Who let the dogs out?

I did, and I apologize.

The canines I'm referring to are three stocks: YM BioSciences ( YMI), Spectrum Pharmaceuticals ( SPPI) and Genelabs Technologies ( GNLB). I've written bullishly about each over the past year or so. Yet, my repayment for being so positive has been bitter disappointment and slumping stock prices.

I've been terribly wrong about these stocks. It's just ugly. But I believe in forgiveness and redemption and I know you do, too. So, let's take another look at these biotech bumblers.

What went wrong? And more importantly, is there any reason to still believe?

Why YM BioSciences?

I first wrote about YM BioSciences in June 2007, right after the annual meeting of the American Society of Clinical Oncology. What had me jazzed was the potential of nimotuzumab, the Canadian company's EGFR-inhibitor drug.

Nimotuzumab -- or "nimo," for short -- showed the potential to shrink tumors as effectively as ImClone Systems' ( IMCL) Erbitux, but without causing the severe rash that is the main side effect in this class of targeted cancer compounds.

I also liked YM BioSciences because the stock was cheap, at around $2 last summer. The nimo program was risky, just moving into phase II studies, but for $2, the stock looked like a buy to me.

Well, funny how this works out, but $2 stocks are not as cheap as sub-$1, which is where YM BioSciences finds itself today. (Note to self: "cheap" may not be the best reason to recommend a biotech stock.)

Where did I go wrong, other than the "this stock is cheap" thing? Well, I overlooked the company's other pipeline drug, an inhaled painkiller called AeroLEF. Unfortunately, AeroLEF hit a big snag in January, when the Food and Drug Administration put the program on clinical hold.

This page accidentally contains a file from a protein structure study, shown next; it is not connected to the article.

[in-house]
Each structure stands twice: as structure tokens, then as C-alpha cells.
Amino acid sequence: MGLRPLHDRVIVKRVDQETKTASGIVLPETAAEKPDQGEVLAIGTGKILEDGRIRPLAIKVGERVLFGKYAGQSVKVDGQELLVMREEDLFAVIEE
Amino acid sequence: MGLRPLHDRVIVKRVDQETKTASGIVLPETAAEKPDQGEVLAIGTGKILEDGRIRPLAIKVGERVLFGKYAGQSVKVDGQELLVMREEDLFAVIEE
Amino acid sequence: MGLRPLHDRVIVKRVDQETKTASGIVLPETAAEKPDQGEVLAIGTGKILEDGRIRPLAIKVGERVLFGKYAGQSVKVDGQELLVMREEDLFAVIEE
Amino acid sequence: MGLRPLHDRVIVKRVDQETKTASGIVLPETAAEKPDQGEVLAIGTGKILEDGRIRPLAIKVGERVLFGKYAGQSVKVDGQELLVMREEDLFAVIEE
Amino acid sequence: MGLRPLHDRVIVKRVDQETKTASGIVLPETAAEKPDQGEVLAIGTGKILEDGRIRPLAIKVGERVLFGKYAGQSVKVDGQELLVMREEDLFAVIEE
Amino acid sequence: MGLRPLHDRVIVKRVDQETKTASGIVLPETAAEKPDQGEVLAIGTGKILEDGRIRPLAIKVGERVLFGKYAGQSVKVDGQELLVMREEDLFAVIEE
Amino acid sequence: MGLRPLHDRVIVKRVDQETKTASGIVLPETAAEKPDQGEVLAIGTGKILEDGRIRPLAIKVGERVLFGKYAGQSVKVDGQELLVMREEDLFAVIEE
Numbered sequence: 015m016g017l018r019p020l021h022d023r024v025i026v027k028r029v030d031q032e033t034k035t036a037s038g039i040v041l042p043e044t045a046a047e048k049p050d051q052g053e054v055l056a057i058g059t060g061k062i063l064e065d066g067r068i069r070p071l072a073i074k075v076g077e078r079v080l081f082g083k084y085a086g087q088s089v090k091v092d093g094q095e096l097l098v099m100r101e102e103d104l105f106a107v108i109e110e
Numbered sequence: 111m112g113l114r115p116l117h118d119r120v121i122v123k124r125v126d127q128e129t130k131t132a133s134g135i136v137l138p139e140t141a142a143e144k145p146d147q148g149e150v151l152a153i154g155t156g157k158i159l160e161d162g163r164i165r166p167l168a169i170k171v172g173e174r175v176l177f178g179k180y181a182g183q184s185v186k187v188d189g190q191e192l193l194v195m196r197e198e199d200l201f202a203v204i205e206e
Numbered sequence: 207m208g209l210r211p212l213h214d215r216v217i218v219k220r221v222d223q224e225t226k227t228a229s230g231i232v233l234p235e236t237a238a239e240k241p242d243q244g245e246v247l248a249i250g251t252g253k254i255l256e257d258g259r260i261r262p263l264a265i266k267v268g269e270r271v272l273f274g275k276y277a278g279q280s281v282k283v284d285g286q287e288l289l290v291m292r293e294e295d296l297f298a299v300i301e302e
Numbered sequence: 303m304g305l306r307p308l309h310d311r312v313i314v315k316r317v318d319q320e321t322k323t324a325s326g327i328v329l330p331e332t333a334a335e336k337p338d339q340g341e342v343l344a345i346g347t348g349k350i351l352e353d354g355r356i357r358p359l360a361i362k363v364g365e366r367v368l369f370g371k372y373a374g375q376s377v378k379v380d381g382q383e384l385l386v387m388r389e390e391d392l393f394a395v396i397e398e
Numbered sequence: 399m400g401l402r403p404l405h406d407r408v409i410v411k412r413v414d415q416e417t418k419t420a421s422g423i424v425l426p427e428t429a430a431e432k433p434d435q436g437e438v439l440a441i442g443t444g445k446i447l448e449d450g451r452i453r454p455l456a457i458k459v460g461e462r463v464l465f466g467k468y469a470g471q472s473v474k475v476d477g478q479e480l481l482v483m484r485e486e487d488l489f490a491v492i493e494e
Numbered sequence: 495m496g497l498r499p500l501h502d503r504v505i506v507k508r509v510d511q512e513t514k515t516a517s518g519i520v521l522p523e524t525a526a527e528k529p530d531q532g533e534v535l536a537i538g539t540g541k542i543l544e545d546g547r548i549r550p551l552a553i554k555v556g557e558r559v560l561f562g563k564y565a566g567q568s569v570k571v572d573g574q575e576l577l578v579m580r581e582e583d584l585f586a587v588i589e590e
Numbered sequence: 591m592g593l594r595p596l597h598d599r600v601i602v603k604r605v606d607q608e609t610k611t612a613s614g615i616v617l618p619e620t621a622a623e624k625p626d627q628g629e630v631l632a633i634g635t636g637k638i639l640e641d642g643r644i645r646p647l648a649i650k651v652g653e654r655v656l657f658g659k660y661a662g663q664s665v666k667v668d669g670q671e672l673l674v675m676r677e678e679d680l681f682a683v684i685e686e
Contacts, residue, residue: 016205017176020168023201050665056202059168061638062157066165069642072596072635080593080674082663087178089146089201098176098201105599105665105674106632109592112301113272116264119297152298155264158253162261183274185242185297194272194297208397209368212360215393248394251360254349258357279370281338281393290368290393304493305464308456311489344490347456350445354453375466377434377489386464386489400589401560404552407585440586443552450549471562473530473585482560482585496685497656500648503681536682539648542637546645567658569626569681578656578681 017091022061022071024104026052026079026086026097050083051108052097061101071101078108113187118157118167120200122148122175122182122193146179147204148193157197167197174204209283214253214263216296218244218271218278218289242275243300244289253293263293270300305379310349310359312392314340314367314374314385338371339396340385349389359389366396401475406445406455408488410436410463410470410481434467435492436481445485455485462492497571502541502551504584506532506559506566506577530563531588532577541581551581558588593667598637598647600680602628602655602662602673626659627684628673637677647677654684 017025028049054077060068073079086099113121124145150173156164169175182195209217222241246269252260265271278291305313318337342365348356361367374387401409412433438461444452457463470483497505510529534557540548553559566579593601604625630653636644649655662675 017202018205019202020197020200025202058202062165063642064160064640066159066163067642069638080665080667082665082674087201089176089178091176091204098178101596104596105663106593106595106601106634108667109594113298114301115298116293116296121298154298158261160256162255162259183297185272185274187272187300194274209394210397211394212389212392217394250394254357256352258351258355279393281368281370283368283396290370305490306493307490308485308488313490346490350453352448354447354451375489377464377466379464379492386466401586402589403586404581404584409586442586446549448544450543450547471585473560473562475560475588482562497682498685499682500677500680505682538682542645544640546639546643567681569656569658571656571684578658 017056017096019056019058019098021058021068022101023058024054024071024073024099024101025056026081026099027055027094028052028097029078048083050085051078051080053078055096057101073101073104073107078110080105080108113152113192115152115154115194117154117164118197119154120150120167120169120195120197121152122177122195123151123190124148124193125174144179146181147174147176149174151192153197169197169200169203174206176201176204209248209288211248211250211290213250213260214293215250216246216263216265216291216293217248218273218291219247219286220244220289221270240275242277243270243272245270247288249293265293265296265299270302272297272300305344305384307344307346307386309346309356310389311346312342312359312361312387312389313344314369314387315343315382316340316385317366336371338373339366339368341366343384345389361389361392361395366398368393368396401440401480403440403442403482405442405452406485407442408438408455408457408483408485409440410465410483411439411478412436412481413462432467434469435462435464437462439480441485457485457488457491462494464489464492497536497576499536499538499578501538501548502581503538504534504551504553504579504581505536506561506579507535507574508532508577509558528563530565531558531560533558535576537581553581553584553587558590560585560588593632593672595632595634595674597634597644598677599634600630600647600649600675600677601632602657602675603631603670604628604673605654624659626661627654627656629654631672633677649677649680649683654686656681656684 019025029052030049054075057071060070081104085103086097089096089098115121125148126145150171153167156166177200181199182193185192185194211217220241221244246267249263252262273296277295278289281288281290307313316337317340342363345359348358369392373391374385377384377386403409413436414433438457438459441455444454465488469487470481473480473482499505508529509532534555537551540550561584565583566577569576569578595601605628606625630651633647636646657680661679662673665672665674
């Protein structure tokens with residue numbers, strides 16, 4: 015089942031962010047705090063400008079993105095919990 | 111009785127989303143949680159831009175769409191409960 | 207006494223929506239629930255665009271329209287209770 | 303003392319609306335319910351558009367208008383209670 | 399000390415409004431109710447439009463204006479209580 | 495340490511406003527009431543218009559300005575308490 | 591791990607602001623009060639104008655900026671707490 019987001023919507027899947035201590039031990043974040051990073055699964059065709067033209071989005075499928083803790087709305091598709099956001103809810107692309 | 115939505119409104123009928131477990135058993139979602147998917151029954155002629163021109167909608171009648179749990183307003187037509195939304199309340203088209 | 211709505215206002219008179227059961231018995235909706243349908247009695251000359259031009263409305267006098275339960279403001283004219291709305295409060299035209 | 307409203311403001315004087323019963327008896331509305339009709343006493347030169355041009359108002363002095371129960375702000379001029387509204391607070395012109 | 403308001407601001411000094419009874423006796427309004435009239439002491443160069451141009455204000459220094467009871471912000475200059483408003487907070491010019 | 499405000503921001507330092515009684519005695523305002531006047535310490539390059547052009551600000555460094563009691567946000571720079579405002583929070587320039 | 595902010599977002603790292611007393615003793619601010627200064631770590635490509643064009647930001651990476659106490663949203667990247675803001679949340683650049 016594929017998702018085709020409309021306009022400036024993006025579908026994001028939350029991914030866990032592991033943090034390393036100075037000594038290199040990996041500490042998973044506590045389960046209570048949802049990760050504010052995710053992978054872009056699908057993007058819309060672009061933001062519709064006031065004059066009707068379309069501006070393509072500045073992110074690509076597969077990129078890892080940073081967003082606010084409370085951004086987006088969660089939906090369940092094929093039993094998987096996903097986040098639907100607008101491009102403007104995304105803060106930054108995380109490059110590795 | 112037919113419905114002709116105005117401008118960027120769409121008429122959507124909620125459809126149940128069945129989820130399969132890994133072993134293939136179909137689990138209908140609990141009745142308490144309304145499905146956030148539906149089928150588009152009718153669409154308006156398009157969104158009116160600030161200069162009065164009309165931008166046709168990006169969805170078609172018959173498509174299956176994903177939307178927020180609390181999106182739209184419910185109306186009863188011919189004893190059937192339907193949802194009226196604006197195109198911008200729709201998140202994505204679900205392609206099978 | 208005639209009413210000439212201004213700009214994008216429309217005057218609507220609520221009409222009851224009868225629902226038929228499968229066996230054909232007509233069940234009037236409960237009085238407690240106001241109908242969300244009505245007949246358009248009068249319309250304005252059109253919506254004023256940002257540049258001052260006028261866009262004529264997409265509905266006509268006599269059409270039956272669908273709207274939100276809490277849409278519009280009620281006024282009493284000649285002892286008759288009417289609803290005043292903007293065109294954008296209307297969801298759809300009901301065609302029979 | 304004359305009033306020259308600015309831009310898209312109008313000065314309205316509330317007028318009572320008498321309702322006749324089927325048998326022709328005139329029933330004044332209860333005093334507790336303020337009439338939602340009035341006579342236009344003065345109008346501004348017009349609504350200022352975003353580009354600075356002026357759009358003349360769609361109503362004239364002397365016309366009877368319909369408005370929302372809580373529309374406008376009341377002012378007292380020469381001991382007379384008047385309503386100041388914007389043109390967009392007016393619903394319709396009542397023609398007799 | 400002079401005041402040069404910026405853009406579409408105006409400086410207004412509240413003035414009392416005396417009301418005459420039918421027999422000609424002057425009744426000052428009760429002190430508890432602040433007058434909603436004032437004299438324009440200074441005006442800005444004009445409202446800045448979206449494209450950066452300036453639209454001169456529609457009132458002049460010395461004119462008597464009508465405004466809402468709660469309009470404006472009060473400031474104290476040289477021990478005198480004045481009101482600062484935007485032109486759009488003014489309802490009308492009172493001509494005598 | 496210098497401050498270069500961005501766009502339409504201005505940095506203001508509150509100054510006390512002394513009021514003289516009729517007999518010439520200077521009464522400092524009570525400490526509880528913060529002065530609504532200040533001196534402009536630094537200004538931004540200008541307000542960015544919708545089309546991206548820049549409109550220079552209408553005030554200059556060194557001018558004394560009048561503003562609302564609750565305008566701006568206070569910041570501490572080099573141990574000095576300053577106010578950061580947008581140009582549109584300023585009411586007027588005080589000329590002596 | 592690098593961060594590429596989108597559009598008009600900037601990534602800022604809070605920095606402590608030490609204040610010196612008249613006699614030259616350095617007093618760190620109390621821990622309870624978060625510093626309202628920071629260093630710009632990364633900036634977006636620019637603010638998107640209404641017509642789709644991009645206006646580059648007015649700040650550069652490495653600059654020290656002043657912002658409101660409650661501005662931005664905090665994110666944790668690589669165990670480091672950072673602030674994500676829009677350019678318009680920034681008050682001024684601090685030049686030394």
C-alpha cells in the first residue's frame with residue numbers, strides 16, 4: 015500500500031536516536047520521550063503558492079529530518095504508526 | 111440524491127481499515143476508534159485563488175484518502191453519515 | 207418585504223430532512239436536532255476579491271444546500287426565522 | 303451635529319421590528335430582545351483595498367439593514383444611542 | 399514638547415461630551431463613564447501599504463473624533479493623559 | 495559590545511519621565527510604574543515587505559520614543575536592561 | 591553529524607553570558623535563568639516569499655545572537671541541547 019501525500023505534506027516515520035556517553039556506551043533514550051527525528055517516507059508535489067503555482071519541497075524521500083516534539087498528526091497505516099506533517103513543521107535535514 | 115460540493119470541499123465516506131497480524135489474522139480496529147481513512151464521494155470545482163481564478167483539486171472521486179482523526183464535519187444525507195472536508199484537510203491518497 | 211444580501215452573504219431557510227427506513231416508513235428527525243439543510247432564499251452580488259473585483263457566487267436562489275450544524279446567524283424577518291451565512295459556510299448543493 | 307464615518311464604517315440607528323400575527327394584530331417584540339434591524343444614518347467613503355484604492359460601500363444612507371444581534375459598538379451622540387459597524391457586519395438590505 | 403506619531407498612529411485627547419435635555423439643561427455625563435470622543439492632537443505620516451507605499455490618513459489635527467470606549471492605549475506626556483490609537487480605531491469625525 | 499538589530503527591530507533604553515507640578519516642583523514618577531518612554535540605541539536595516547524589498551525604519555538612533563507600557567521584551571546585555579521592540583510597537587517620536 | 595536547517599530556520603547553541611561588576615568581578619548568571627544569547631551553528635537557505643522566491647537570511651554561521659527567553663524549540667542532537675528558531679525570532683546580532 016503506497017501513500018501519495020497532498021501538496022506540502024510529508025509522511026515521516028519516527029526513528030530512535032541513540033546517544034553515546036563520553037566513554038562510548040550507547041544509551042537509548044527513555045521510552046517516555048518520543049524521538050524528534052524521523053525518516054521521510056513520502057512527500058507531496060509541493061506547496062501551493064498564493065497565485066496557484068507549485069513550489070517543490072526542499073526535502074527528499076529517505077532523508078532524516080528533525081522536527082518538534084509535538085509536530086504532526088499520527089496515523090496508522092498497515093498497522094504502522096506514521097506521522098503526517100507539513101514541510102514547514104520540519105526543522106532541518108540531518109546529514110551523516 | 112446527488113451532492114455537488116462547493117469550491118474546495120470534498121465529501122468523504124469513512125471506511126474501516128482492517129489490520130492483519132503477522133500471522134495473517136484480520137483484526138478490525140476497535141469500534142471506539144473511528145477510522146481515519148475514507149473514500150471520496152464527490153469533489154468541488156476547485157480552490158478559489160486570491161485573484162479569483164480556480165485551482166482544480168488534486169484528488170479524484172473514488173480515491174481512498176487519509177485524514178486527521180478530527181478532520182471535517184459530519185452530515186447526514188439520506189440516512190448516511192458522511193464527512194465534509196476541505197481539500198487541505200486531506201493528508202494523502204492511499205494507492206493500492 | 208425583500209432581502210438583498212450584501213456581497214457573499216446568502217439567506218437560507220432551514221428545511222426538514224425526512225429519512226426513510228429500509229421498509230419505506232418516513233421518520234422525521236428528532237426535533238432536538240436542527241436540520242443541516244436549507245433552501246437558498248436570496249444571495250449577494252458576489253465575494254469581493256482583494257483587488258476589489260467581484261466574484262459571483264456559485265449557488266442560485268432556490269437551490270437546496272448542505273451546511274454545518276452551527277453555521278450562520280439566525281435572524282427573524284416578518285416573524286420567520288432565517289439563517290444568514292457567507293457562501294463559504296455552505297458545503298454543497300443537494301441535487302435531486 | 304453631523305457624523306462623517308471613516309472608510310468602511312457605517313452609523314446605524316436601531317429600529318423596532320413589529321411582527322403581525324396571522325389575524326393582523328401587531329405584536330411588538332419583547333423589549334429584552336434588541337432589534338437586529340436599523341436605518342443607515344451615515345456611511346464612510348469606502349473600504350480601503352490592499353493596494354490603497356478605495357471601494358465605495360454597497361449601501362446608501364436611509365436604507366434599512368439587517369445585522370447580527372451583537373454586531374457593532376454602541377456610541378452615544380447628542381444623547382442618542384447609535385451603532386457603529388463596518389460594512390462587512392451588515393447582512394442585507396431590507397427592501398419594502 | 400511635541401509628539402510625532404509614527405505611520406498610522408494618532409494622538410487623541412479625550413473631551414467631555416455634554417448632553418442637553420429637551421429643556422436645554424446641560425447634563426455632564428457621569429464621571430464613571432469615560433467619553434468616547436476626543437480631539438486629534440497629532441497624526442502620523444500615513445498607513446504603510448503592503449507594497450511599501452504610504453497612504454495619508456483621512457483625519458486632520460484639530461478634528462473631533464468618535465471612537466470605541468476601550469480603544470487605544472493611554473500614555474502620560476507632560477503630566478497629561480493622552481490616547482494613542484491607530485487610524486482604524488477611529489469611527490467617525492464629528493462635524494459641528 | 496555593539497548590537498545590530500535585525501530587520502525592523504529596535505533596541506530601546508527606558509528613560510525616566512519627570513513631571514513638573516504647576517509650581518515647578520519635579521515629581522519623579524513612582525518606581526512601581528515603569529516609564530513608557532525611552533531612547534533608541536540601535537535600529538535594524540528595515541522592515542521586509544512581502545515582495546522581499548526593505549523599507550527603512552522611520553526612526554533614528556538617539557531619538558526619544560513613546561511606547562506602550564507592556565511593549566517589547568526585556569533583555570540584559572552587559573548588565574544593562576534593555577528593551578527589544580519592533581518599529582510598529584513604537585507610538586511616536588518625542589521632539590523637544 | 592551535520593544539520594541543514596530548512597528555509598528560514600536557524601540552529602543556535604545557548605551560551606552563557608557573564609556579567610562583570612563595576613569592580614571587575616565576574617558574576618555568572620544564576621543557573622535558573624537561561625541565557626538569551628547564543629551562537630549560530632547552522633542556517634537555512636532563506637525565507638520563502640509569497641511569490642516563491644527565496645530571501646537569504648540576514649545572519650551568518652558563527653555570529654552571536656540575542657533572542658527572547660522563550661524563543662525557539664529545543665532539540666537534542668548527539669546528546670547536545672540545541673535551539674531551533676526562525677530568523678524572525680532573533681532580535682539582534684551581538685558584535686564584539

I also underestimated the time gap for new and meaningful data from the nimo program. It's a long wait, something catalyst-hungry biotech investors don't particularly like.

So, is YM BioSciences still a dog, or can it be salvaged? Fortunately, the answer should be coming in March or April. That's when the company will be releasing data from the first 50-patient cohort in an all-important nimo colon cancer trial.

This is a make-or-break study for nimo and YM BioSciences. The best-case scenario is Erbitux-like efficacy in terms of tumor shrinkage and progression-free survival, but without the severe rash side effect.

That means an overall response rate for nimo in the range of 22% to 23%, with median progression-free survival of about four months. And no significant rash.

There are plenty of nimo doubters out there. That should be amply clear by looking at the stock price. But with nimo data just around the corner, I'm not ready to take this one to the dog pound just yet.

Spectrum Can't Shake Fleas

It didn't seem like such a stretch to write favorably about Spectrum Pharmaceuticals last April with shares priced around $7. Today, the stock is below $3. Ouch.

I like Spectrum for a couple of reasons. First, it was all set to receive royalties on a prostate cancer drug, satraplatin, that was being developed by Germany's GPC Biotech ( GPCB). The phase III satraplatin data looked strong, and I didn't think there was much risk to the ongoing FDA review.

Second, and more important to me, was Spectrum's internal drug pipeline, particularly its drug ozarelix for the treatment of benign prostatic hyperplasia, better known as an enlarged prostate.

Well, there is no other good way to say this, but satraplatin blew up. The FDA hated the drug's clinical data, an FDA advisory panel dinged it, then follow-on survival data in prostate cancer patients came up short. Satraplatin is toast.